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Postby The Voyageur » Mon Jul 24, 2006 6:44 pm

Socceroo wrote:GLASGOW PREPARES FOR WAR
Here is one of Glasgow's war time precautions which i came across but was not previously aware of. The picture below shows the Bomb damage precautions which were put in place of the Forth and Clyde Canal. Photograph's below were taken at the Firhill Basin.

To the left is essentially a sheet pile Dam to narrow the width of the Canal to be closed in an emergency. Between the Concrete blocks an emergency Lock gate could be placed to dam the Canal if it was bombed where it sits higher than areas of the city and could cause substantial flooding if bombed.

Image

These Emergency Lock gate positions / Canal narrowings were, as you can see from the picture below (circa late 1960's), in place for some time after the war.

I do not know if there is remnants of these fixtures still in place at Firhill Basin and at Speirs Wharf which were two of the locations, or if they were removed during the Canal refurbishment around the millenium.

Image


They were known as 'Stop Locks'. Some were also built near the Maryhill Locks.

Sorry to digress and go off topic a wee bit, but seeing as the thread is about Bombs and Glasgow. Just down the canal from where the photo above was taken, an Irish Republican Society known as the Ribbon Society (a forerunner to the IRA) were foiled in 1883, when they attempted to bomb the Possil Aquaduct.

The plan was to bomb the aqueduct, thereby releasing millions of gallons of water into the city centre and cause as much mayhem as possible. Nine conspirators were arrested and jailed.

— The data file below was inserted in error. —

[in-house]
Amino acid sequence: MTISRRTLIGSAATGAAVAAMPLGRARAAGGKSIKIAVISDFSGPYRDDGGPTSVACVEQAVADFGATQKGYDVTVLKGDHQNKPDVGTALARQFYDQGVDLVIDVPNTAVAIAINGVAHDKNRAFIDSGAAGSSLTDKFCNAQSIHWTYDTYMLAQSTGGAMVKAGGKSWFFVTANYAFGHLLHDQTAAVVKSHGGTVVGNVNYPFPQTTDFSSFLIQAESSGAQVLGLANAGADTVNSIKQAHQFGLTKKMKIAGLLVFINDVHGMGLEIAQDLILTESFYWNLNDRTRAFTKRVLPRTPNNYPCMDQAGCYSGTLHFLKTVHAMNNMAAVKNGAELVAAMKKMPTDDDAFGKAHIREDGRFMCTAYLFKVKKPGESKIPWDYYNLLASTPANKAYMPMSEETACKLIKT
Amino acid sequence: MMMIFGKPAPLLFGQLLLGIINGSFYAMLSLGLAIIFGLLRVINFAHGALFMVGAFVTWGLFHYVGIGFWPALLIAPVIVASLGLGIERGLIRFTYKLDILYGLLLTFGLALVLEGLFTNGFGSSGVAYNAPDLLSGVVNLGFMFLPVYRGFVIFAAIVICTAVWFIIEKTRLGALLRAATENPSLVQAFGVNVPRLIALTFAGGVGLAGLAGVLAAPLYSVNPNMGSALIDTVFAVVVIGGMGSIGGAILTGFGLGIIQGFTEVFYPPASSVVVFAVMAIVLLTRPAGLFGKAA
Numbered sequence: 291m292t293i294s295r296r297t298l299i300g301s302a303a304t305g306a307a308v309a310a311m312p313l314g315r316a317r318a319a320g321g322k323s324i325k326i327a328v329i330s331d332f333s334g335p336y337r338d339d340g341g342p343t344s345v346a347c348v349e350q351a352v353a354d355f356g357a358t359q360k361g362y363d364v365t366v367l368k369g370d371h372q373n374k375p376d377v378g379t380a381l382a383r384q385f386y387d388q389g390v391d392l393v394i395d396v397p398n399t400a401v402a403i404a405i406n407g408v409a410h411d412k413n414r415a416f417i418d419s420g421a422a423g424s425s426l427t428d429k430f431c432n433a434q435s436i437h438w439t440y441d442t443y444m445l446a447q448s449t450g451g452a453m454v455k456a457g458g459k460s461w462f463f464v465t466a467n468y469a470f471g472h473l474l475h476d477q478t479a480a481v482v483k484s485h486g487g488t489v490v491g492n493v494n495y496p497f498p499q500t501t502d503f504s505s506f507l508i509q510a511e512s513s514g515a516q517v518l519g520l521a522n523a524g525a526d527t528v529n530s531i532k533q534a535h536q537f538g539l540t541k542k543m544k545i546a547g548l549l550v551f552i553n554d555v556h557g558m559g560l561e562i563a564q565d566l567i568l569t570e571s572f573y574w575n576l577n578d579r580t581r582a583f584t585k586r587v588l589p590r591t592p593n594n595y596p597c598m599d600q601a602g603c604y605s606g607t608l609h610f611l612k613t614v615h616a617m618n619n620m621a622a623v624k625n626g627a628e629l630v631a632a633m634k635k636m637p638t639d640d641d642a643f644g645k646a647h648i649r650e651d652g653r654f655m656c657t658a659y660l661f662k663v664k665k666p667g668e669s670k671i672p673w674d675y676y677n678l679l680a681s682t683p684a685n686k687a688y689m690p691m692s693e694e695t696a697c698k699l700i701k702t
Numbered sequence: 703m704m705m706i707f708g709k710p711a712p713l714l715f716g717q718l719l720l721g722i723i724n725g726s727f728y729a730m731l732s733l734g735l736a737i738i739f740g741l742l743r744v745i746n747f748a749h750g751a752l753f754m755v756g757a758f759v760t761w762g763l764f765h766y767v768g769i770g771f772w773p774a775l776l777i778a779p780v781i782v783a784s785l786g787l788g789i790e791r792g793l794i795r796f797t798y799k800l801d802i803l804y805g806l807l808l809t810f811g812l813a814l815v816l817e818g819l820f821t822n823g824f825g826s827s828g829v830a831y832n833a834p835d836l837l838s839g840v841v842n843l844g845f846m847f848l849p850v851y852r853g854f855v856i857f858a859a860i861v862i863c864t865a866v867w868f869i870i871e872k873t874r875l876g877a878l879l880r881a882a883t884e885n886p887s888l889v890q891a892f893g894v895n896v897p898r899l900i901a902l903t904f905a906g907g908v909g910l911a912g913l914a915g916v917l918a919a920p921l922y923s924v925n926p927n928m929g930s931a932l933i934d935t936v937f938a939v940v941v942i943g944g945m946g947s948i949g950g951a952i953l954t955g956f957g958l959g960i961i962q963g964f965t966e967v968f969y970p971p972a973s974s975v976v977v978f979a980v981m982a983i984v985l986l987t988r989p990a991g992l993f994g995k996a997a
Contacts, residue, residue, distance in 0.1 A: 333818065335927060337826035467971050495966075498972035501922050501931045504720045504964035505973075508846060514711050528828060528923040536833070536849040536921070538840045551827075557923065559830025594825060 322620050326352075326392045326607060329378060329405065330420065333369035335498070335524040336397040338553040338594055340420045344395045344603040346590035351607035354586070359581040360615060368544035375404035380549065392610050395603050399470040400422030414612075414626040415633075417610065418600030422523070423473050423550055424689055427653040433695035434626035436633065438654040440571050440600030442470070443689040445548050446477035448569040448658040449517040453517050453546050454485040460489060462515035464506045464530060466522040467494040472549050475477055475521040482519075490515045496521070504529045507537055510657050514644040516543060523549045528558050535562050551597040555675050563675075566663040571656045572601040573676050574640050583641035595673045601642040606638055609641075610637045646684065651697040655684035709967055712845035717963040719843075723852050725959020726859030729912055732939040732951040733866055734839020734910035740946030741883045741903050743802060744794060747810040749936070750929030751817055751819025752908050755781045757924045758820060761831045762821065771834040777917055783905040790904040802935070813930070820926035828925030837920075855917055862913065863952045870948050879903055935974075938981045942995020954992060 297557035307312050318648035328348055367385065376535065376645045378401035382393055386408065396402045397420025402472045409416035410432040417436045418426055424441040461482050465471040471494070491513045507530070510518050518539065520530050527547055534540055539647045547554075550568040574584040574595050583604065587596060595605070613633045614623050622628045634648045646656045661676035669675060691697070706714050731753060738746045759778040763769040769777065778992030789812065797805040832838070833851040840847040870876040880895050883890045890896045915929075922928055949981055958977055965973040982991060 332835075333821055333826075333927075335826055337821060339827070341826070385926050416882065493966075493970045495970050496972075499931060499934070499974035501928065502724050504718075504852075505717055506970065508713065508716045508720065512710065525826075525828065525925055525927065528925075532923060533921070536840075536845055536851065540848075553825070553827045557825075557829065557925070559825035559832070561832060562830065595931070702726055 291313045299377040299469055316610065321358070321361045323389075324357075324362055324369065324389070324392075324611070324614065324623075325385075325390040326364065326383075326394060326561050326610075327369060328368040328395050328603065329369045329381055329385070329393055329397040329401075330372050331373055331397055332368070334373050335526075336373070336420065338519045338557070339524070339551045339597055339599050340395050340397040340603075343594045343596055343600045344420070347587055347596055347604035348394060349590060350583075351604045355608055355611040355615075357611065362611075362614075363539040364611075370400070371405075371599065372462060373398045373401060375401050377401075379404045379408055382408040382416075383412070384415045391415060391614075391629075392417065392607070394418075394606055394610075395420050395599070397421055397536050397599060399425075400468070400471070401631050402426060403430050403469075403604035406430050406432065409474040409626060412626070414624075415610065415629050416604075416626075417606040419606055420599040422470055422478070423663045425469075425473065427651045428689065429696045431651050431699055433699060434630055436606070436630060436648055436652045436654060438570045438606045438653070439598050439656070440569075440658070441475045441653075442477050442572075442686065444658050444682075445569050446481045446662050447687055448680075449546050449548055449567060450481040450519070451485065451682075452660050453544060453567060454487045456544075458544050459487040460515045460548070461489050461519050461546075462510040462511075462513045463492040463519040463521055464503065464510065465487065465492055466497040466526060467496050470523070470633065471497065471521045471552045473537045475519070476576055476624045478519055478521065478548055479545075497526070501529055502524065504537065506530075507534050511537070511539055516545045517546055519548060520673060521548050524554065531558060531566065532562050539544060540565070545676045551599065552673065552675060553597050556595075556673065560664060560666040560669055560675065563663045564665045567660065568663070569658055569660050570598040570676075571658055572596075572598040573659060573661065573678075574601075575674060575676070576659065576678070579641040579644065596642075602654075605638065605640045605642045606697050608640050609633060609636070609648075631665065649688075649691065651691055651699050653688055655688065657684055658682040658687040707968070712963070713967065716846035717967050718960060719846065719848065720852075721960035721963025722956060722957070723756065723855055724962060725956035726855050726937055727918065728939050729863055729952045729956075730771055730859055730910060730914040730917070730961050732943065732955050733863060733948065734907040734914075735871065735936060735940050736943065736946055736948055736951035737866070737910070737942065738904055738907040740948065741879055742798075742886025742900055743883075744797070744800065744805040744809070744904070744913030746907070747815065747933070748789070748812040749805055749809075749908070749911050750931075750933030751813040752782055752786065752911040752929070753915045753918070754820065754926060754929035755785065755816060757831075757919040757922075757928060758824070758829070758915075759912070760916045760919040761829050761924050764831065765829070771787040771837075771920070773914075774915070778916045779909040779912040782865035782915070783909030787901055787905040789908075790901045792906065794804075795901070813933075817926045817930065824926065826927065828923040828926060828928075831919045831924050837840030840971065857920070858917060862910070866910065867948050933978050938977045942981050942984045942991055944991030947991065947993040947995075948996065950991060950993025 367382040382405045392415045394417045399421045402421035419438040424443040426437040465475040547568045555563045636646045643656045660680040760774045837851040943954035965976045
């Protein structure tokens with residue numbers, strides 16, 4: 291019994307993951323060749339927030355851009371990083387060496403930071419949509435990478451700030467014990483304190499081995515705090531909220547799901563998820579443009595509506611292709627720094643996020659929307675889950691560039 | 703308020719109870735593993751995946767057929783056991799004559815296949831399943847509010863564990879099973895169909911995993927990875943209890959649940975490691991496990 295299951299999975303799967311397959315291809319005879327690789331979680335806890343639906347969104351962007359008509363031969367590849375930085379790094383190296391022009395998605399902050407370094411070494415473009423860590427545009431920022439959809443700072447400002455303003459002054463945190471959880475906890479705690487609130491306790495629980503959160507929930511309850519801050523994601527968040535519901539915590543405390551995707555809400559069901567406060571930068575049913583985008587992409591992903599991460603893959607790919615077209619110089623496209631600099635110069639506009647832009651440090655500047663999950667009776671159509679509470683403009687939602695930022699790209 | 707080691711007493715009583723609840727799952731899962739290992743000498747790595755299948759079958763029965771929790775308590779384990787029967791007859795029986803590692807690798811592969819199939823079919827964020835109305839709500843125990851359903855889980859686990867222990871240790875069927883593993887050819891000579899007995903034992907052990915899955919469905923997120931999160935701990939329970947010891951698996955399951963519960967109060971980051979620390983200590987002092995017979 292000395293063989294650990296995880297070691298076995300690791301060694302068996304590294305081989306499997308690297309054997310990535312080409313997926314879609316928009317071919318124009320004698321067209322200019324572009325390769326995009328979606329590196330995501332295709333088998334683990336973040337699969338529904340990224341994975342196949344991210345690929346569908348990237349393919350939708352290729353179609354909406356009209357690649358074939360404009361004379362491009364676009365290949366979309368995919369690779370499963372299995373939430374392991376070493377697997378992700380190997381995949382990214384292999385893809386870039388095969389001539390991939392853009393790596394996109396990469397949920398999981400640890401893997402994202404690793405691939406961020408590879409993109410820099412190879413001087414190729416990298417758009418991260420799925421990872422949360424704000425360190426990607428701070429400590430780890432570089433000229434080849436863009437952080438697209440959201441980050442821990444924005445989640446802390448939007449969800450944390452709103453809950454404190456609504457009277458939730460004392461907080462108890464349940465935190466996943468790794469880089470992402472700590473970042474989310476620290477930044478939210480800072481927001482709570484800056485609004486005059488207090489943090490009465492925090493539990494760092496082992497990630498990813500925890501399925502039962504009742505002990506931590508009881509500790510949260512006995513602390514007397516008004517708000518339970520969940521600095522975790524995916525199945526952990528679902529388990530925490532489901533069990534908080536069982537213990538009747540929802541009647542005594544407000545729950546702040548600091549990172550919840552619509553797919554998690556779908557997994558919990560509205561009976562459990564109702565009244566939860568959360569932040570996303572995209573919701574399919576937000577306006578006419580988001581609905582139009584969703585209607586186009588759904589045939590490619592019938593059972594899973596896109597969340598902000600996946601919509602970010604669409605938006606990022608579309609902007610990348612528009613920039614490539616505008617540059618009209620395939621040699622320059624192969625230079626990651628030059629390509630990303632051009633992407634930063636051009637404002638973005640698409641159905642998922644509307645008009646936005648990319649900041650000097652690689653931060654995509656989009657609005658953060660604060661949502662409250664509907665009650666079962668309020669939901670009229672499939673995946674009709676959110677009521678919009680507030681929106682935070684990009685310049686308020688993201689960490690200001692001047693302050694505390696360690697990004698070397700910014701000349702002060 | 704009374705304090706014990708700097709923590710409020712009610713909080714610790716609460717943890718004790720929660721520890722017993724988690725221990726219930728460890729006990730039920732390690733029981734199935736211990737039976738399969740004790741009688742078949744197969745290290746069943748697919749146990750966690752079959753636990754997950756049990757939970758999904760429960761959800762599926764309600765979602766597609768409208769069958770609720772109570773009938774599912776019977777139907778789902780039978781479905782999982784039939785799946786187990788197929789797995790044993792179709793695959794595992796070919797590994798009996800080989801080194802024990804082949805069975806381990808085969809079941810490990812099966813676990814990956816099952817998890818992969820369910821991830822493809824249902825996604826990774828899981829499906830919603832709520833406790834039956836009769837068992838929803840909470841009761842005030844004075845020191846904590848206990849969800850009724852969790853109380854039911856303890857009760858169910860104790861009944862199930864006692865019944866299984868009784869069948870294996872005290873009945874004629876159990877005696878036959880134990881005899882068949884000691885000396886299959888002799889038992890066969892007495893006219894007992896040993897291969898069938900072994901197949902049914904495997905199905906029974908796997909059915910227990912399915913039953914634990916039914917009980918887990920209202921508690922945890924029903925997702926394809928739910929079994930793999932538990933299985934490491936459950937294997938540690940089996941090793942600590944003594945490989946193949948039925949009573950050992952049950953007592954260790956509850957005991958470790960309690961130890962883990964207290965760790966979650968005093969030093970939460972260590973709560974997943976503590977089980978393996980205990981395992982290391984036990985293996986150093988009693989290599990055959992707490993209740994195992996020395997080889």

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Postby Socceroo » Sat Jul 29, 2006 9:43 pm

Glasgow Herald – Tuesday 14th January 1941

GLASGOW CATHEDRAL

Provision of Fire Watchers

PLEA BY SOCIETY OF FRIENDS

The provision of fire – watchers for Glasgow Cathedral to deal with the menace of incendiary bombs was urged at the annual meeting yesterday of the Society of Friends of Glasgow Cathedral. The question was raised by the Rev. W. Napier Bell, who asked what steps were being taken with regard to fire – watchers. It has been indicated, he said, that in the raids on London some of the famous wren churches might have been saved if the precaution of having fire – watchers had been taken.

So far, he added, Glasgow had been fortunate in that respect, but it might well be that incendiary bombs might be dropped on the city. If they fell on that ancient building they knew what would happen. There ought to be some arrangement to put a watcher, say on the tower, at nights. The building was under the care of the Office of Works, and anything which was done would require to be in co-operation with them, but he thought the secretary might be instructed to communicate with them in order to ascertain if such arrangements could be made.

Colonel Norman MacLeod, who presided, said it was reasonable that they should take steps to prevent fire by incendiary bombs. It was however, a matter that lay between the kirk – session and the Government, but he agreed that they should instruct the secretary to make sure that something was done.
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Postby Pgcc93 » Mon Aug 28, 2006 5:15 pm

I've been continuing to use Google Earth & Local Live to unearth some of the remnants leftover from WW2 in and around Glasgow.